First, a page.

A few weeks ago, we got 3.7 inches of rain in Fifield from a tropical storm originating in the Gulf of Mexico. This was only the fourth time a tropical storm hit Wisconsin since weather records began in 1851. We also had some warm and humid weather during that time conducive for growing mushrooms on horse dung.

A mushroom, sometimes called a toadstool, is the fleshy, spore-bearing fruiting body of a fungus typically produced above ground, on soil, or on its food source — in this case horse dung. After that rain event, hundreds of mushrooms spouted profusely within a short period of time on horse manure that had been leveled out over soil. This, along with the rain and warm weather, created perfect growing conditions for a specific type of mushroom called the egghead mottlegill. The rather sudden appearance of mushrooms at this time of year when most appear in late summer or fall, piqued my interest, so I decided to find out more about them.

Grazing herbivores like horses and cattle swallow thousands of mushroom spores. Some mushroom spores have a special coating on them that make them impervious to stomach enzymes that easily digest other spores. Once the dung is voided, digest-resistant spores germinate like seeds, grow, and produce more mushrooms that produce more spores. When those spores are eaten by herbivores the whole interesting process begins all over again.

Did you know that the traditional substrate for commercial mushroom cultivators is well-rotted horse manure, the organic matter that has already undergone its primary decomposition by passing through the digestive tract of a horse? Secondary decomposition by other fungi and insects occurs after the dung leaves the horse.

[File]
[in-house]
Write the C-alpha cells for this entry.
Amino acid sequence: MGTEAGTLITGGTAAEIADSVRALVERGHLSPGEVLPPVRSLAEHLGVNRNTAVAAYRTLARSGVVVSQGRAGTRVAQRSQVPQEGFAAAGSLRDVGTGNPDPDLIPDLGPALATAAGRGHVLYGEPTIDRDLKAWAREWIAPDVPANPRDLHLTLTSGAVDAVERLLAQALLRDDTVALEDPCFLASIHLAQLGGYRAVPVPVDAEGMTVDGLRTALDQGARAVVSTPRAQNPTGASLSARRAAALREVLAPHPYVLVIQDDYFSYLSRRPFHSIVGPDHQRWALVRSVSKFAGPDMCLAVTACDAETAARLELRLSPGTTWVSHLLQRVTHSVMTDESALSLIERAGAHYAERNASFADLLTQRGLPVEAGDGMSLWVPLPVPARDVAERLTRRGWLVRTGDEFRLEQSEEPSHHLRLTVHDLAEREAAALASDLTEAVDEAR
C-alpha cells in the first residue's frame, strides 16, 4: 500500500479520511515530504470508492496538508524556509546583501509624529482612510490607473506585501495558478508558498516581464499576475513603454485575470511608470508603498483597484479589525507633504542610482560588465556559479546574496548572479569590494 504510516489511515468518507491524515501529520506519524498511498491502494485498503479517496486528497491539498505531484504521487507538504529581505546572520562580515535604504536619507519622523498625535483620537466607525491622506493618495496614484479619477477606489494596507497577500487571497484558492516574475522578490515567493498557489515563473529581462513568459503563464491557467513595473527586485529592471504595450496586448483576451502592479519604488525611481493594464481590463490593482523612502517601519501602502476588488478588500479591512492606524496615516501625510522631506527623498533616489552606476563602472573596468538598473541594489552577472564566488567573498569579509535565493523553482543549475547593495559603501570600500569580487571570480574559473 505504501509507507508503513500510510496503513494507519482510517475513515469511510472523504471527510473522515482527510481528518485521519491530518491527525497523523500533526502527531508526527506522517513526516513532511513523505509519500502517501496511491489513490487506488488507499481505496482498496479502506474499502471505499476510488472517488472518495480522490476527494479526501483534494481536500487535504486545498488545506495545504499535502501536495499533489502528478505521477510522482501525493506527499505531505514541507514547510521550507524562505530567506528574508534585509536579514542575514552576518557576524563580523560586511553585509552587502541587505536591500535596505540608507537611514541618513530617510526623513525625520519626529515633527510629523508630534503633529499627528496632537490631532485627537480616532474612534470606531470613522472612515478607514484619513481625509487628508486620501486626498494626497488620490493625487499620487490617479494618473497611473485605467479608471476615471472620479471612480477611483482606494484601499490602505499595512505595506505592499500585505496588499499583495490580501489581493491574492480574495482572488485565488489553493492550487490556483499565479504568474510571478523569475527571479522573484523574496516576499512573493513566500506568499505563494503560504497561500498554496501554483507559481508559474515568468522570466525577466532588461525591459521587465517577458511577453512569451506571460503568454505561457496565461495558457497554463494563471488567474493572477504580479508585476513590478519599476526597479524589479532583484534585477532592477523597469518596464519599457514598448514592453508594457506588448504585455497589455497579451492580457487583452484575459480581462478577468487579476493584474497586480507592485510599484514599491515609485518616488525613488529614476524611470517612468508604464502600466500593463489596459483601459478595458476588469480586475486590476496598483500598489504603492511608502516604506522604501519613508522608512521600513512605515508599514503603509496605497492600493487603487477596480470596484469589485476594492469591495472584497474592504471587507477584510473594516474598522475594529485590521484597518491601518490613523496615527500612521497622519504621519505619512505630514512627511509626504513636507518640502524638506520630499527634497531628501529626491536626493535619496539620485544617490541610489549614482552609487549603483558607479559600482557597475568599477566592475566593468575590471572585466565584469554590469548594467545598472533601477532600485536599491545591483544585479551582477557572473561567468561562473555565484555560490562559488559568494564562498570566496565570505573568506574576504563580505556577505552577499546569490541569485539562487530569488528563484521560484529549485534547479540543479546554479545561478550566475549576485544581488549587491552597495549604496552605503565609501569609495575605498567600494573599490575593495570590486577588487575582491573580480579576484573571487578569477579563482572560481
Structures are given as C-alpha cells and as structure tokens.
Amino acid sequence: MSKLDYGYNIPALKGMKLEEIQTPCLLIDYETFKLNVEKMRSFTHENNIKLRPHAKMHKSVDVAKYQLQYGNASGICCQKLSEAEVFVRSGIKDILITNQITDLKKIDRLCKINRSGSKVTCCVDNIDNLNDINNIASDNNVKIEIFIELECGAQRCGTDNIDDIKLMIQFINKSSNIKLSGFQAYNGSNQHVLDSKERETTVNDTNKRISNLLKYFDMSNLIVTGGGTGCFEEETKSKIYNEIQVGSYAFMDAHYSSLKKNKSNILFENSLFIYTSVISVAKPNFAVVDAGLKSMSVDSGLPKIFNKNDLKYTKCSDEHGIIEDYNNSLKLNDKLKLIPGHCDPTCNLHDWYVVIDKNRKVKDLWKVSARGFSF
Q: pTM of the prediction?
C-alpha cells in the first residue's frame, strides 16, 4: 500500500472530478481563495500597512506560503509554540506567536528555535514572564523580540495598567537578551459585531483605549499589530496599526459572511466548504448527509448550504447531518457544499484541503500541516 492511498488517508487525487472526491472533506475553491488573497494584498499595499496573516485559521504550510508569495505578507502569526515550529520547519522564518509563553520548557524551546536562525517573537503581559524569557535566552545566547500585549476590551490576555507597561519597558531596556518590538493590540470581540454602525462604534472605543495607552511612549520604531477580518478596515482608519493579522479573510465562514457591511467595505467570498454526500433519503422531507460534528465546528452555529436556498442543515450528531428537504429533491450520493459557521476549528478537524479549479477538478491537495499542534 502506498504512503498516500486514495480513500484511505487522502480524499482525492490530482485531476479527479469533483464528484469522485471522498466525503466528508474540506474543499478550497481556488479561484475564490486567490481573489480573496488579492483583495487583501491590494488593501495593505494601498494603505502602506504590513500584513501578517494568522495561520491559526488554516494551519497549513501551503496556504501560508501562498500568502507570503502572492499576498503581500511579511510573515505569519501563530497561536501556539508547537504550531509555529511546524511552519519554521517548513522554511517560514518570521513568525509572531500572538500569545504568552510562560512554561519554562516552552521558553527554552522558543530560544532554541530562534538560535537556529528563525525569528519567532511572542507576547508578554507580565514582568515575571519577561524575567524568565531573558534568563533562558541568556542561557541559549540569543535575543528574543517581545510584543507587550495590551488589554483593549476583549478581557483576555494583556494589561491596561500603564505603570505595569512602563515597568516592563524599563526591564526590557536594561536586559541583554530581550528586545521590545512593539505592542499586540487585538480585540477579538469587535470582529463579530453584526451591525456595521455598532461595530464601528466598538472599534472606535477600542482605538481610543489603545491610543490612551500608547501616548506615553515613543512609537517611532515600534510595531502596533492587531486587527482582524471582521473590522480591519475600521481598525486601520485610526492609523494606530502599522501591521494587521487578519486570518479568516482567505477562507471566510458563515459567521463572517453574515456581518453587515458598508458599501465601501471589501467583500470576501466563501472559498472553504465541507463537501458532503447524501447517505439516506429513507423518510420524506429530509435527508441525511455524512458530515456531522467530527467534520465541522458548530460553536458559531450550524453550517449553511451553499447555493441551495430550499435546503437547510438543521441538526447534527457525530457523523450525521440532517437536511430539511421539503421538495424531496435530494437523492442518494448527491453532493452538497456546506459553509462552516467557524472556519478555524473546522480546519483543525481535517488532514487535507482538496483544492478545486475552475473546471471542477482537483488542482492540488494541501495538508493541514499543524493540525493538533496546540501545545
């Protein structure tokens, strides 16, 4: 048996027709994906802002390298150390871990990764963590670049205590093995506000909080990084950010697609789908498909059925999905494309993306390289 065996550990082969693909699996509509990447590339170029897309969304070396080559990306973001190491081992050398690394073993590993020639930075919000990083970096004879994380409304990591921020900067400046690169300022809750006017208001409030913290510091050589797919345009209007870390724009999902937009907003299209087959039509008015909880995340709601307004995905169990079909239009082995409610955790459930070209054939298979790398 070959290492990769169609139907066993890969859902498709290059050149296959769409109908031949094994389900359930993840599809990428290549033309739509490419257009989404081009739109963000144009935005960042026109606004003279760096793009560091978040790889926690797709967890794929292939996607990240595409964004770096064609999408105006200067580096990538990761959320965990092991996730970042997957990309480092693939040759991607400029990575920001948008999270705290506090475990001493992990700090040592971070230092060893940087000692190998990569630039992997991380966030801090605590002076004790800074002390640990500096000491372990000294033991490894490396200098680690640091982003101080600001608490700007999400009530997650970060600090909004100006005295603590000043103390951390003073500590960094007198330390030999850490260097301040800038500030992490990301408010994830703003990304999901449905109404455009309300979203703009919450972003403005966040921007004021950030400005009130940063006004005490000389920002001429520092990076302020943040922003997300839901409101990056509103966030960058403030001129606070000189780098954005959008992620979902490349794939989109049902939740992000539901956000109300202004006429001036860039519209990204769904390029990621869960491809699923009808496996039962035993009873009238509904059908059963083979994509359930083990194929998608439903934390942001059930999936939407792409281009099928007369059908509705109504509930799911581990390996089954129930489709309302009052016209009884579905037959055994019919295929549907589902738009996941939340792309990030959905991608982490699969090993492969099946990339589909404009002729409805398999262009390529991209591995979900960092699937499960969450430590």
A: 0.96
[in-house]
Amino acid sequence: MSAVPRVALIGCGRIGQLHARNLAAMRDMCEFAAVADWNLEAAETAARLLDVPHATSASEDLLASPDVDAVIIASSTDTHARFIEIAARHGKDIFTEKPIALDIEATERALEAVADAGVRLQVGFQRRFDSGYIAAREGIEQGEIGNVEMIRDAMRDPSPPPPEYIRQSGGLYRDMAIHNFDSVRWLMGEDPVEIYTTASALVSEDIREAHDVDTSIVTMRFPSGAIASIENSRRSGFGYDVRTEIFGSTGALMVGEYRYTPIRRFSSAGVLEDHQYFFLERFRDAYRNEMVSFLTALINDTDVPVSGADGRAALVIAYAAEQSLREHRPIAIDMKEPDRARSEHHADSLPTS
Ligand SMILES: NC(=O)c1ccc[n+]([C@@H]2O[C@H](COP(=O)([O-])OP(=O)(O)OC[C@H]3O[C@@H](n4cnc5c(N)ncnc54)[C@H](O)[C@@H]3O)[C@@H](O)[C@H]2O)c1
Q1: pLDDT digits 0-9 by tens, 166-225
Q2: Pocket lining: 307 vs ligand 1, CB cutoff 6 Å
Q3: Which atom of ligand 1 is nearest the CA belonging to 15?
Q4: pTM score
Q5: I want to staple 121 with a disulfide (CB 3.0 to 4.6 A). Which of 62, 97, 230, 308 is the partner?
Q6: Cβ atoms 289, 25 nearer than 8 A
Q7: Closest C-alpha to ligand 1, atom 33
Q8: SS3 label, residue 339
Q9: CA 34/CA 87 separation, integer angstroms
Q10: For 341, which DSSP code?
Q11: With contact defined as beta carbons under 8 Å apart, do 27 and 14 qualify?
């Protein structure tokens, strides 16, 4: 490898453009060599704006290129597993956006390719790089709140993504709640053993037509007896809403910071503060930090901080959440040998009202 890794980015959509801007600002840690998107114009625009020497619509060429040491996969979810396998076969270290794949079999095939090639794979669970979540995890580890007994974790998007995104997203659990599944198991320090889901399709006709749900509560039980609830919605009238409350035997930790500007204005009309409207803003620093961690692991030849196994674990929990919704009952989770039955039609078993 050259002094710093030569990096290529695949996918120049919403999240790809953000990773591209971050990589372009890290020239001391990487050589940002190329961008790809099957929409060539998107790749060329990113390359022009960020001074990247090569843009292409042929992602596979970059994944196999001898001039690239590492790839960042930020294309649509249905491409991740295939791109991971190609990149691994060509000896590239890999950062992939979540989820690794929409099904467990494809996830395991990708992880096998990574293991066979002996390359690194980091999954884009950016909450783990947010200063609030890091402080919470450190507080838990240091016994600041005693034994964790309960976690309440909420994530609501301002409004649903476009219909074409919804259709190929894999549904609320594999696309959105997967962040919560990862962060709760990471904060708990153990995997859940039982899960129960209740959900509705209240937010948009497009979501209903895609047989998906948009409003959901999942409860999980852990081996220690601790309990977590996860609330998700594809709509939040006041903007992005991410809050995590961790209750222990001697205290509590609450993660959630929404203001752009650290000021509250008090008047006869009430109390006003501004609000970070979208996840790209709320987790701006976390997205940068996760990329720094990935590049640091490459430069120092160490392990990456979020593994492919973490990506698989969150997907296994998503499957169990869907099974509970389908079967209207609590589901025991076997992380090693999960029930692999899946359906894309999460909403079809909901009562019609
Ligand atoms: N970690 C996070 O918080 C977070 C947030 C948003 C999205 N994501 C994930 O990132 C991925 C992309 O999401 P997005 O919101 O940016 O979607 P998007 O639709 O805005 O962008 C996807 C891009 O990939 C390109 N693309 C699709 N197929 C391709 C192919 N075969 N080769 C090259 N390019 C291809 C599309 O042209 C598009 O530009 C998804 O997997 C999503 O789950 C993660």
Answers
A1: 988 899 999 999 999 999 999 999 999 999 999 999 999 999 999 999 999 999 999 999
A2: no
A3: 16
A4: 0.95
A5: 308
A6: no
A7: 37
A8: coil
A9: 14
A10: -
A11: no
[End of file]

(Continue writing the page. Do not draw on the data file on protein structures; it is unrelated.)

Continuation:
The egghead mottlegill is a buff, or whitish-colored, saprophytic mushroom that is widely distributed and is present in many temperate zones of the world. A saprophytic mushroom is one that lives on dead or decaying organic matter. It is native to North America and can appear at any time of year when the ground isn’t frozen. It is sticky when wet and wrinkled when dry. It grows quickly and disappears just as fast.

The egghead mottlegill mushroom gets its name from the mottling of its gills and looking like the top half of an eggshell. Perhaps a better descriptive name for it would have been, ‘half eggshell mottlegill’! The gills, located on the underside of the mushroom, are off-white to start with becoming mottled brown and darkening to black as the spores mature. Spore prints can help identify mushrooms by placing mushroom caps on white and black paper for a day or two.

A word of caution, the egghead mottlegill is regarded as inedible, so it is not for chewing and should be viewed only.

Nicholls can be reached at nicho002@umn.edu.